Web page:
Alberta to decide whether to further ease public health restrictions

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A cabinet committee of Alberta's United Conservative government is expected to meet Monday to decide whether to further ease public health restrictions.

Alberta Premier Jason Kenney's cabinet committee on COVID-19 is set to meet Monday. Dr. Deena Hinshaw, the province's chief medical officer of health, said Sunday that there were 282 COVID-19 patients in hospital, including 47 in intensive care units.(CBC)

A cabinet committee of Alberta's United Conservative government is expected to meet Monday to decide whether to further ease public health restrictions.

Premier Jason Kenney said last week that the key metric is the hospitalization rate, which has been well under 300 for three weeks, but the number of Albertans in hospital with COVID-19 has been climbing.

On Sunday, officials reported there were 282 people in hospital.

The 300 figure was announced in January as the benchmark needed before Alberta could move to the third phase of its reopening plan, which includes opening entertainment venues such as movie theatres and casinos, and also allows adult team sports.

Here is a summary of today’s <a href="https://twitter.com/hashtag/COVID19AB?src=hash&amp;ref_src=twsrc%5Etfw">#COVID19AB</a> numbers: over the last 24 hours we have identified 555 new cases, which includes an additional 184 variant of concern cases. We have completed an additional 11,405 tests, giving a positivity rate of 4.8%. (1/3)

&mdash;@CMOH_Alberta

The number of new COVID-19 cases per day in Alberta has also climbed to more than 500 each day since the middle of last week.

Currently, retailers, restaurants, youth sports, and in-person worship services are open with capacity restrictions, but indoor gatherings remain banned and outdoor get-togethers are capped at 10 people.

According to a federal website that tracks variant-of-concern cases, as of Sunday evening Alberta had 1,581 reported cases of the B117 variant — the most of any province. The updated figures showed more than 5,150 reported cases of variants of concern across Canada, including:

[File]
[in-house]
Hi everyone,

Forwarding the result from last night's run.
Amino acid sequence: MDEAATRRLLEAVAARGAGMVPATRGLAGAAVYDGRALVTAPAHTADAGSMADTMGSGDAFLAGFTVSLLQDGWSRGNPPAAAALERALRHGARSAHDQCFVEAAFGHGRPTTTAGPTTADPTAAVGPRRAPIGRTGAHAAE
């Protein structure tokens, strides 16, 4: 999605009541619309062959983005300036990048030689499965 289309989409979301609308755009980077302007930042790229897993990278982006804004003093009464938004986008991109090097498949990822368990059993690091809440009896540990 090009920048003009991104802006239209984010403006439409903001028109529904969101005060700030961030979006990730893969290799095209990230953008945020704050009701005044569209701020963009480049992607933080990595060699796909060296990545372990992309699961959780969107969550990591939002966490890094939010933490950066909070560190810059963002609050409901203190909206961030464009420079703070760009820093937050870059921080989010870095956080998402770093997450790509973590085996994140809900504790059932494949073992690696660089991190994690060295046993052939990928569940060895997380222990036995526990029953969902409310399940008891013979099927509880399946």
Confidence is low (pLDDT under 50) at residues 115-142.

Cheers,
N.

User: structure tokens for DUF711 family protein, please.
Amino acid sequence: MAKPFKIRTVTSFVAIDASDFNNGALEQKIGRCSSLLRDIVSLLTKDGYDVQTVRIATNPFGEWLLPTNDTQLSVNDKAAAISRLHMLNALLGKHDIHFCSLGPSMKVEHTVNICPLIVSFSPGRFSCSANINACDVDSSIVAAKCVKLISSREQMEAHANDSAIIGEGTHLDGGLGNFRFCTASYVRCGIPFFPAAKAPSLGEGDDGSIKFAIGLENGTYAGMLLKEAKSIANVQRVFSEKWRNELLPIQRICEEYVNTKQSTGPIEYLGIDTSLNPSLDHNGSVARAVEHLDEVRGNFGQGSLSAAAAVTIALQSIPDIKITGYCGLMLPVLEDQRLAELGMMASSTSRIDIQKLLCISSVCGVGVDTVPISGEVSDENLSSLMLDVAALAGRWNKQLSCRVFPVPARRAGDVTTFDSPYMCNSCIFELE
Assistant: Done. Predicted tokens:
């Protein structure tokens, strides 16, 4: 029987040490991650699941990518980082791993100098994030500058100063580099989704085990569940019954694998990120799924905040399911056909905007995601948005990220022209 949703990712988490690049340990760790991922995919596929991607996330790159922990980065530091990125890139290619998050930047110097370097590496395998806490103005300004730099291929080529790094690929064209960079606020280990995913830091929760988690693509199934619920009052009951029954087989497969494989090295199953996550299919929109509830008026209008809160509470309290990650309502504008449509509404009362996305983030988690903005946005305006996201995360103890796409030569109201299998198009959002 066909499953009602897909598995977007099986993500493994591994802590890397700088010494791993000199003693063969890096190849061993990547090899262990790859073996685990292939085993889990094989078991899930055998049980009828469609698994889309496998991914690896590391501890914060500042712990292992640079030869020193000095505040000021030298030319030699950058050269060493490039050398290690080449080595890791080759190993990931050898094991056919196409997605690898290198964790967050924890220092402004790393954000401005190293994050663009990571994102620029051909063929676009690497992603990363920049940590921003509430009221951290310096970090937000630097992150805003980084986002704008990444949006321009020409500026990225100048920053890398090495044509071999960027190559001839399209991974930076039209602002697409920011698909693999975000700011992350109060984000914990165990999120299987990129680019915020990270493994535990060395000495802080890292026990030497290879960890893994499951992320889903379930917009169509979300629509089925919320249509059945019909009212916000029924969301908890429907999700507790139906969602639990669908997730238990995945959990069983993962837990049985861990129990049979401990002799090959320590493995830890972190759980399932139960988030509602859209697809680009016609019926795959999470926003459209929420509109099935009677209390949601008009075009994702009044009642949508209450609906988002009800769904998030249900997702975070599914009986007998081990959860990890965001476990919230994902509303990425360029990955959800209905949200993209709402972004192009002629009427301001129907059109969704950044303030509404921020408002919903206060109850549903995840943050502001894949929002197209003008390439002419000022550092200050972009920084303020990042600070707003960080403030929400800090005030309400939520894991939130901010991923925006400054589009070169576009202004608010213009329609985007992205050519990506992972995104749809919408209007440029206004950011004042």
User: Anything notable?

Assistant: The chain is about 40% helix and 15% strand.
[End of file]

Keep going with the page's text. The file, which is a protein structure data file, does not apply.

• 4,807 cases of the B117 variant first reported in the U.K.
  • 243 cases of the B1351 variant first reported in South Africa.
  • 104 cases of the P1 variant first reported in travellers from Brazil.

What's happening across Canada

As of early Monday morning, Canada had reported 933,790 cases of COVID-19, with 35,009 cases considered active. A CBC News tally of deaths stood at 22,676.

In Atlantic Canada, health officials reported a total of seven cases of COVID-19 on Sunday — six in Nova Scotia and one in New Brunswick.

Quebec health officials reported 648 new cases of COVID-19 on Sunday and five additional deaths. Hospitalizations in the province stood at 501, with 102 COVID-19 patients reported to be in intensive care units.

In Ontario, people aged 75 and older can book a COVID-19 vaccination appointment. The province reported 1,791 new cases of COVID-19 on Sunday and 18 additional deaths on Sunday. According to a provincial dashboard, the number of COVID-19 patients in hospital stood at 760, with 305 in intensive care.

Across the North, Nunavut Premier Joe Savikataaq tweeted on Saturday that the territory had no active cases.

‼️Nunavut is reporting ZERO active cases of <a href="https://twitter.com/hashtag/COVID19?src=hash&amp;ref_src=twsrc%5Etfw">#COVID19</a> today! <br><br>Way to go Arviarmiut! Your strength and hard work has paid off. Keep it up. I’m so proud of my home community!‼️ <a href="https://t.co/gjzy5JZP9N">pic.twitter.com/gjzy5JZP9N</a>

&mdash;@JSavikataaq

Across the Prairie provinces, Manitoba reported 90 new cases and seven additional deaths on Sunday, while Saskatchewan reported 178 new cases and one additional death.